Posts from ‘Diesel’
Class: Large Pickup Truck
Miles Driven: 361
Fuel Used: 13.9 gallons
Yes, Police Van! sounds like the name of failed Eighties cop action/drama series, but to General Motors, the van depicted above is an integral part of its 2019 police and fleet-vehicle product portfolio–and much to our surprise, it hasn’t been cancelled yet.
It’s been rumored — and promised — for a long time, but Mazda finally … finally … introduced its much-anticipated diesel engine at the 2019 New York International Auto Show.
This is an installment in a series of posts looking back on show cars that we feel deserved a little more attention than they got. If you have a suggestion for a Forgotten Concept topic, please shoot us a line or leave a comment below.
It wasn’t so much a matter of “if” as a matter of “when” … and “who.”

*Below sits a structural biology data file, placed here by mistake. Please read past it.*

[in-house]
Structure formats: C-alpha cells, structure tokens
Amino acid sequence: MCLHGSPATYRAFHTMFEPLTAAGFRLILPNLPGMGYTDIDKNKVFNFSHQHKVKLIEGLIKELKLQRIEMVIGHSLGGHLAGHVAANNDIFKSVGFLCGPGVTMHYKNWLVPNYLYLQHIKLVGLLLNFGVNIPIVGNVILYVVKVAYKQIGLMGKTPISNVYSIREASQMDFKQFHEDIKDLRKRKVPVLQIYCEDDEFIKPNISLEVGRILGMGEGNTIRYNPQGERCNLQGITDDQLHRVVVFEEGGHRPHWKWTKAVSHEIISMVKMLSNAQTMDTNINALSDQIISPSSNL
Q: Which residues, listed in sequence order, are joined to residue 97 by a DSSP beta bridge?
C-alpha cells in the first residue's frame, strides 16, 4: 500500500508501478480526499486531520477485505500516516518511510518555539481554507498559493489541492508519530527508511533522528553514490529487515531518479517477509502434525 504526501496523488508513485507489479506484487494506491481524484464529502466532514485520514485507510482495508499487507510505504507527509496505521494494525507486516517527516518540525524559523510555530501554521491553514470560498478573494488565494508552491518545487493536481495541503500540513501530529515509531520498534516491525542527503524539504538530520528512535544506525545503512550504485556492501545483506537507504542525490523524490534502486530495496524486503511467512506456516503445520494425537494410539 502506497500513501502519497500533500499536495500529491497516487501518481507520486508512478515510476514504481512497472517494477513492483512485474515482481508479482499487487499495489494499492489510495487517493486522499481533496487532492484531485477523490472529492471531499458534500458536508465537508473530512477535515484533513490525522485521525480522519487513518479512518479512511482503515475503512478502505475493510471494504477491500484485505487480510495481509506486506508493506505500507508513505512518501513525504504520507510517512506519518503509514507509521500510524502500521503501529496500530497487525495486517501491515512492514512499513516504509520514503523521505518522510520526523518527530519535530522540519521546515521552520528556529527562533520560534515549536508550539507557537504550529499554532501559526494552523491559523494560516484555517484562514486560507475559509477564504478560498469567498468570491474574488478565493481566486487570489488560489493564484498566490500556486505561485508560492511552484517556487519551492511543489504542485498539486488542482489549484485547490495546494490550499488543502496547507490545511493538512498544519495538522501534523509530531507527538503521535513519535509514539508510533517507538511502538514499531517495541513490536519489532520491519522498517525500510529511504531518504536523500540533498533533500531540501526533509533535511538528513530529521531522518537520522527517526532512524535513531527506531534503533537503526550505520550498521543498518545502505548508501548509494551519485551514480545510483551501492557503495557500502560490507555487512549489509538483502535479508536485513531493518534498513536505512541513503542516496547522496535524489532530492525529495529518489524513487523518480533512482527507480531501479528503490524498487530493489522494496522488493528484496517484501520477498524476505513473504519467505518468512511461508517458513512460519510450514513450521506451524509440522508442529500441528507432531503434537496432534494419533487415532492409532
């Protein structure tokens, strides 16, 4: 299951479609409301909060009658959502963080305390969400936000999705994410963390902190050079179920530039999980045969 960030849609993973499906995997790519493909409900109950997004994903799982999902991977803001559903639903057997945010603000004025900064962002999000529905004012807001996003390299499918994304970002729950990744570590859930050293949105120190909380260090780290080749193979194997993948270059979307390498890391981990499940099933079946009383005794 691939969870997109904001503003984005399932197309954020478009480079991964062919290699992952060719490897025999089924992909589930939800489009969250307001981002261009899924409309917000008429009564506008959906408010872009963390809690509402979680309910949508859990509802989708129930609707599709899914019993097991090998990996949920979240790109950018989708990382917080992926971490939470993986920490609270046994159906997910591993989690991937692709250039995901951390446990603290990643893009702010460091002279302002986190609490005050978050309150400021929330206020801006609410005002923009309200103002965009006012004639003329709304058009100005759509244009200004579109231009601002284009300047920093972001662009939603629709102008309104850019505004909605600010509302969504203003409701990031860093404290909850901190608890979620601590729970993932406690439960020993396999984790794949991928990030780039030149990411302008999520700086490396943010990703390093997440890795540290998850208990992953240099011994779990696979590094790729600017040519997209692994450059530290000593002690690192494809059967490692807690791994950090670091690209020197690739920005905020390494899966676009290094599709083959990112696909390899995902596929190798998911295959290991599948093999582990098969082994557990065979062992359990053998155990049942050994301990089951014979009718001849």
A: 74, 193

Over the past couple of decades, those following heavy-duty pickups have been treated to a race similar to that enjoyed by car enthusiasts for years. This one, however, wasn’t about horsepower; it was about torque. And though all the top contenders kept leap-frogging each other toward that magic 1000 lb-ft finish line, it was Ram that got there first.
We’re not going to bury the lede on this one: the updated 2019 Ram Heavy Duty trucks now boast an available 1000 lb-ft of torque. This translates to what Ram claims is “the most powerful, most capable truck in the segment.”
That claim comes by way of a redesigned Cummins 6.7-liter turbodiesel engine and brings with it a host of impressive numbers. Most impressive is a towing capacity of up to 35,100 pounds and payload of 7680 pounds when properly equipped.
Jeep debuted the long-rumored pickup version of its Wrangler SUV at the Los Angeles Auto Show, bestowing it a name from the company’s storied past.
It wasn’t that long ago that the typical family-oriented passenger car was notably more fuel-efficient than the average SUV. Today, the efficiency gap between the two vehicle types is much smaller than it used to be. Crossover SUVs–those based on passenger-car chassis instead of truck-like body-on-frame architectures–have proliferated, and many new SUV models have gotten smaller and lighter while still retaining an extra degree of cargo room and functionality over their comparable passenger-car counterparts.